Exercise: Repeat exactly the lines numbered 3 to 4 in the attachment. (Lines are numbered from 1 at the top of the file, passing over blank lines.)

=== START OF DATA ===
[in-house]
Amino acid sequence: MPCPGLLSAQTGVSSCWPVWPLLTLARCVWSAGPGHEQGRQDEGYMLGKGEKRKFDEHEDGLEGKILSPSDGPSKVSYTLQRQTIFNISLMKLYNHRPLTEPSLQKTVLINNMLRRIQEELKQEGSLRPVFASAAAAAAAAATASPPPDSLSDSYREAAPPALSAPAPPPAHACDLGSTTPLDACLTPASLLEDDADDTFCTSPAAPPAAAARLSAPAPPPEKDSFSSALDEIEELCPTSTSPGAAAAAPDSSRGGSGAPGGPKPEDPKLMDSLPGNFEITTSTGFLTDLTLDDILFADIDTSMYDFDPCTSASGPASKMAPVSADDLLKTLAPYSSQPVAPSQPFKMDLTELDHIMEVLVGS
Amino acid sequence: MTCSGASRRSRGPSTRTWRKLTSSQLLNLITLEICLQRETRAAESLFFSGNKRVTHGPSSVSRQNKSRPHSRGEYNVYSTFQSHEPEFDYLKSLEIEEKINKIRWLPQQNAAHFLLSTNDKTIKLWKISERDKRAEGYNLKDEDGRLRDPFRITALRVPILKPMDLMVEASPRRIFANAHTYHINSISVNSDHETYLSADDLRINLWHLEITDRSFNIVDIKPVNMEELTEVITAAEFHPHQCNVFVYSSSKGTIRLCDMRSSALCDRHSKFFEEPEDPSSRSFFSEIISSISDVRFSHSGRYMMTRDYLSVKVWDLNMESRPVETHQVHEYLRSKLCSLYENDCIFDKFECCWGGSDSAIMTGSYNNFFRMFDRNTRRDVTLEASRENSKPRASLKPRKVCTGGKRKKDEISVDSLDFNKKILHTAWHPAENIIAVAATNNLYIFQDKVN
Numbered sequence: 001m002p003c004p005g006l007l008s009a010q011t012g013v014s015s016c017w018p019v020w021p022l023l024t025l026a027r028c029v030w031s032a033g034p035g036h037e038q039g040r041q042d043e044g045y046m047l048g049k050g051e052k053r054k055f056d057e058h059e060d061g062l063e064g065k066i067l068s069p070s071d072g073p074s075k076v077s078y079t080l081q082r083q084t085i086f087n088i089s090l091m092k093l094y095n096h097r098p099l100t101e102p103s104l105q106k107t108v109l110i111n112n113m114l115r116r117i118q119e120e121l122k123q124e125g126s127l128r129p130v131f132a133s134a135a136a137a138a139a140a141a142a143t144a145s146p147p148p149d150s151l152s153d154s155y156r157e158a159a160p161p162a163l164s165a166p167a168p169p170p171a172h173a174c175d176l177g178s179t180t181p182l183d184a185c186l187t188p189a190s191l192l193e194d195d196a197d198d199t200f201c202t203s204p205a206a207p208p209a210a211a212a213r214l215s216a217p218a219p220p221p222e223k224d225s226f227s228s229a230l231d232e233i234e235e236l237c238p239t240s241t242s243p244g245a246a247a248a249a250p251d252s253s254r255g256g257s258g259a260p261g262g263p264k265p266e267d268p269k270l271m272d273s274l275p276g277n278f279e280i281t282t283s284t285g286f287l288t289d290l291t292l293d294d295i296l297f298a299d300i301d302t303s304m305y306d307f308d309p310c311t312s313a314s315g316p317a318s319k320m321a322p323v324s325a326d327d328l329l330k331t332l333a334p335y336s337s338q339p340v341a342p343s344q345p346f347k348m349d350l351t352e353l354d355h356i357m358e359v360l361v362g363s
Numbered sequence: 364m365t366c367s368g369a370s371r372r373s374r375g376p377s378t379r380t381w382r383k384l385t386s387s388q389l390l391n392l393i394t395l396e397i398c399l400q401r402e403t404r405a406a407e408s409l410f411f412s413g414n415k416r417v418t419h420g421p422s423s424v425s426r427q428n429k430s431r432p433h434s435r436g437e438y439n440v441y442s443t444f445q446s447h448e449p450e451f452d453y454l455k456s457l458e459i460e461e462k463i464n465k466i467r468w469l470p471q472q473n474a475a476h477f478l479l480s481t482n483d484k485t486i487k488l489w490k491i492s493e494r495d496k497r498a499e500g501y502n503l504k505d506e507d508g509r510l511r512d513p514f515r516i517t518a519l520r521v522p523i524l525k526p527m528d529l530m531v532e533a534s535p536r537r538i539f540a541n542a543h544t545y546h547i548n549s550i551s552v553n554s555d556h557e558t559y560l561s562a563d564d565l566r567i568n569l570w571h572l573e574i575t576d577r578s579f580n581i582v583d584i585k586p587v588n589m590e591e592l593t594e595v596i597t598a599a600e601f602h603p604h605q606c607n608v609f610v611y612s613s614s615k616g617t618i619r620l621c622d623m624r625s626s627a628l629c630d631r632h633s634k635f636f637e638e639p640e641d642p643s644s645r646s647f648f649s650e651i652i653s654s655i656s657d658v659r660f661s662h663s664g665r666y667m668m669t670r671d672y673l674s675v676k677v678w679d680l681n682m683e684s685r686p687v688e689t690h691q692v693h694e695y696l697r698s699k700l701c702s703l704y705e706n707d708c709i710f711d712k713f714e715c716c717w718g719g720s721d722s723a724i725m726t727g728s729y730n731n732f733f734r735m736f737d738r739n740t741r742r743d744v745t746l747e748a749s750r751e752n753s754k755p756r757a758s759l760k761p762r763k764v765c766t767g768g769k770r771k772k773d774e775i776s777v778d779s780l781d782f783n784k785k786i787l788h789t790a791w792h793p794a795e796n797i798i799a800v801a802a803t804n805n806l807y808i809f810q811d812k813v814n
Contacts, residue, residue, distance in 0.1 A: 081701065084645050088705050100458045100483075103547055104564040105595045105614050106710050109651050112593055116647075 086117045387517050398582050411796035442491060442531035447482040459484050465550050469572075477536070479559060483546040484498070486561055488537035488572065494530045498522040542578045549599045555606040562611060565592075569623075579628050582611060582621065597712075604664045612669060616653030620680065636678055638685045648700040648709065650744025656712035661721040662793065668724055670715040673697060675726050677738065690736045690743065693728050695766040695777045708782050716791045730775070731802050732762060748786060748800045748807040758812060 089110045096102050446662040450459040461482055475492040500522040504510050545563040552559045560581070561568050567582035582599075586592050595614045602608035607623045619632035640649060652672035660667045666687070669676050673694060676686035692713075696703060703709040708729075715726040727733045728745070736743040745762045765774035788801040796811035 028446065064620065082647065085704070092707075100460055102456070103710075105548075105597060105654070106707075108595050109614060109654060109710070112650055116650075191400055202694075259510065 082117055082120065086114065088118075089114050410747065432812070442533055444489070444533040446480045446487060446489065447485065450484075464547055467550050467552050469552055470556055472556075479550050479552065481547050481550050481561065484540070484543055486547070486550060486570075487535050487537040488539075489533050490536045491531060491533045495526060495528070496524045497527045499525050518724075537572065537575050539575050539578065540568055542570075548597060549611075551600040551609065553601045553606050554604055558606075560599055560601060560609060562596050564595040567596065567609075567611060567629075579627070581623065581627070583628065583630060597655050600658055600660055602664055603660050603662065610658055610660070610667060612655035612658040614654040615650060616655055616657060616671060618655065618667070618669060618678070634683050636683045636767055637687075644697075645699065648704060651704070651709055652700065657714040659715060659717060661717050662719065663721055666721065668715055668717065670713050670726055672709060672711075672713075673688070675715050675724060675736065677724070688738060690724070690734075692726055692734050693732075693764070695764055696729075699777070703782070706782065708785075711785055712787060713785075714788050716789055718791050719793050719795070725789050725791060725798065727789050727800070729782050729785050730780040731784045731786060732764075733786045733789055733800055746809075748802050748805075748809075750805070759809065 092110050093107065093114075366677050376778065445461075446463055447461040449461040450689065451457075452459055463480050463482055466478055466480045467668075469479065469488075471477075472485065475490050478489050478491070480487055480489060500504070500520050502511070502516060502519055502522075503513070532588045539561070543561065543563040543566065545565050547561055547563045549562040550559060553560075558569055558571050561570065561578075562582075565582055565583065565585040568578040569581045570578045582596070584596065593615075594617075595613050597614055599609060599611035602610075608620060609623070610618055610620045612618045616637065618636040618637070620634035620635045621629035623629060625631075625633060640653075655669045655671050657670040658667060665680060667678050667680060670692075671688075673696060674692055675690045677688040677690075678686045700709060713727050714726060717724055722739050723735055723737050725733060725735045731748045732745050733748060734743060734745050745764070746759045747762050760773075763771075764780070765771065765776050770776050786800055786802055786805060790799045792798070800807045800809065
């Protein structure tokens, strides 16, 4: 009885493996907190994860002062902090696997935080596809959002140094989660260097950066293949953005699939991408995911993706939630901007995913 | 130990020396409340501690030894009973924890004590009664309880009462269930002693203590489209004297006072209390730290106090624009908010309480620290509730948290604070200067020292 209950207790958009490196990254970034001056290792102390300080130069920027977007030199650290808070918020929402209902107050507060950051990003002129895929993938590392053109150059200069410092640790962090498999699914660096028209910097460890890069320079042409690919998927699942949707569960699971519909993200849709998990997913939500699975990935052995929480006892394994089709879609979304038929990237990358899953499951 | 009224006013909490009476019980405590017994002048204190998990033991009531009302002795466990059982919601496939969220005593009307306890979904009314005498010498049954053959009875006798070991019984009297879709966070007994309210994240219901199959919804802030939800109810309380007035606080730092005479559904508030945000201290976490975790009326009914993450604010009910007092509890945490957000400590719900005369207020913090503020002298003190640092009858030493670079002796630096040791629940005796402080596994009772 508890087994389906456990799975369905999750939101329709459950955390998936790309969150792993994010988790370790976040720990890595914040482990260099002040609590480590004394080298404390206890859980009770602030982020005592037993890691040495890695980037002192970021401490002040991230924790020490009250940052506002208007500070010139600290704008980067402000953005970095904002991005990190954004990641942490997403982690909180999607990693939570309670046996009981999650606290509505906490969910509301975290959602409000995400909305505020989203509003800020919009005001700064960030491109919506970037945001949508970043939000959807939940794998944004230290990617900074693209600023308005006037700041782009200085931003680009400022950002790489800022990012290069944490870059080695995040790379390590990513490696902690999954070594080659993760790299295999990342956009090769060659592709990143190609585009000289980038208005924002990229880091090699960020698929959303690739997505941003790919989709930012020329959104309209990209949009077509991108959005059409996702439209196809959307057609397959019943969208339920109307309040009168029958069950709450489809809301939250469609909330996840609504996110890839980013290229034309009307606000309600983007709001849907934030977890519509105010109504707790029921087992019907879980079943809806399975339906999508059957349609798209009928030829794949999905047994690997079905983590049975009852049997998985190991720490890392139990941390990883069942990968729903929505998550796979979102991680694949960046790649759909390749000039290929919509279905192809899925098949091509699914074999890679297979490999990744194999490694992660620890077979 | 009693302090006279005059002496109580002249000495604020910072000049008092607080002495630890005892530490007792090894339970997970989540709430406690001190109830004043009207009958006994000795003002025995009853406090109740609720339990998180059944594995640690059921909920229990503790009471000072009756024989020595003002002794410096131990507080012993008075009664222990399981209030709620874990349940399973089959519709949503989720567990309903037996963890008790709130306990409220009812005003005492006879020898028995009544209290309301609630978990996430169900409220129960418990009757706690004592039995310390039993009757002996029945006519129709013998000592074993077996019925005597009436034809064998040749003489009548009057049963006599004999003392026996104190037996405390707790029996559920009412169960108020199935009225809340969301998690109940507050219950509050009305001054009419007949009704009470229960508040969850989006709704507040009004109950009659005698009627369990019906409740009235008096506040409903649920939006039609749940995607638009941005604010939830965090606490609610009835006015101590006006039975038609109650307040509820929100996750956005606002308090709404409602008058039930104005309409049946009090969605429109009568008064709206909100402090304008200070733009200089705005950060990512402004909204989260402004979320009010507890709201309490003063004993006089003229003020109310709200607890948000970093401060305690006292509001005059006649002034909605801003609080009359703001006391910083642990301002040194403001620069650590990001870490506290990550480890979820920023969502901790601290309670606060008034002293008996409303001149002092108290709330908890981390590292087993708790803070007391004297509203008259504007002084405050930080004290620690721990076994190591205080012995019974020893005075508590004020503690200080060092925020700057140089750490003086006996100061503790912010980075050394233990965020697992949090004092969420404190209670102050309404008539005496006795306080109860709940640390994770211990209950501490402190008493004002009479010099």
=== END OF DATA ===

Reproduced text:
Amino acid sequence: MTCSGASRRSRGPSTRTWRKLTSSQLLNLITLEICLQRETRAAESLFFSGNKRVTHGPSSVSRQNKSRPHSRGEYNVYSTFQSHEPEFDYLKSLEIEEKINKIRWLPQQNAAHFLLSTNDKTIKLWKISERDKRAEGYNLKDEDGRLRDPFRITALRVPILKPMDLMVEASPRRIFANAHTYHINSISVNSDHETYLSADDLRINLWHLEITDRSFNIVDIKPVNMEELTEVITAAEFHPHQCNVFVYSSSKGTIRLCDMRSSALCDRHSKFFEEPEDPSSRSFFSEIISSISDVRFSHSGRYMMTRDYLSVKVWDLNMESRPVETHQVHEYLRSKLCSLYENDCIFDKFECCWGGSDSAIMTGSYNNFFRMFDRNTRRDVTLEASRENSKPRASLKPRKVCTGGKRKKDEISVDSLDFNKKILHTAWHPAENIIAVAATNNLYIFQDKVN
Numbered sequence: 001m002p003c004p005g006l007l008s009a010q011t012g013v014s015s016c017w018p019v020w021p022l023l024t025l026a027r028c029v030w031s032a033g034p035g036h037e038q039g040r041q042d043e044g045y046m047l048g049k050g051e052k053r054k055f056d057e058h059e060d061g062l063e064g065k066i067l068s069p070s071d072g073p074s075k076v077s078y079t080l081q082r083q084t085i086f087n088i089s090l091m092k093l094y095n096h097r098p099l100t101e102p103s104l105q106k107t108v109l110i111n112n113m114l115r116r117i118q119e120e121l122k123q124e125g126s127l128r129p130v131f132a133s134a135a136a137a138a139a140a141a142a143t144a145s146p147p148p149d150s151l152s153d154s155y156r157e158a159a160p161p162a163l164s165a166p167a168p169p170p171a172h173a174c175d176l177g178s179t180t181p182l183d184a185c186l187t188p189a190s191l192l193e194d195d196a197d198d199t200f201c202t203s204p205a206a207p208p209a210a211a212a213r214l215s216a217p218a219p220p221p222e223k224d225s226f227s228s229a230l231d232e233i234e235e236l237c238p239t240s241t242s243p244g245a246a247a248a249a250p251d252s253s254r255g256g257s258g259a260p261g262g263p264k265p266e267d268p269k270l271m272d273s274l275p276g277n278f279e280i281t282t283s284t285g286f287l288t289d290l291t292l293d294d295i296l297f298a299d300i301d302t303s304m305y306d307f308d309p310c311t312s313a314s315g316p317a318s319k320m321a322p323v324s325a326d327d328l329l330k331t332l333a334p335y336s337s338q339p340v341a342p343s344q345p346f347k348m349d350l351t352e353l354d355h356i357m358e359v360l361v362g363s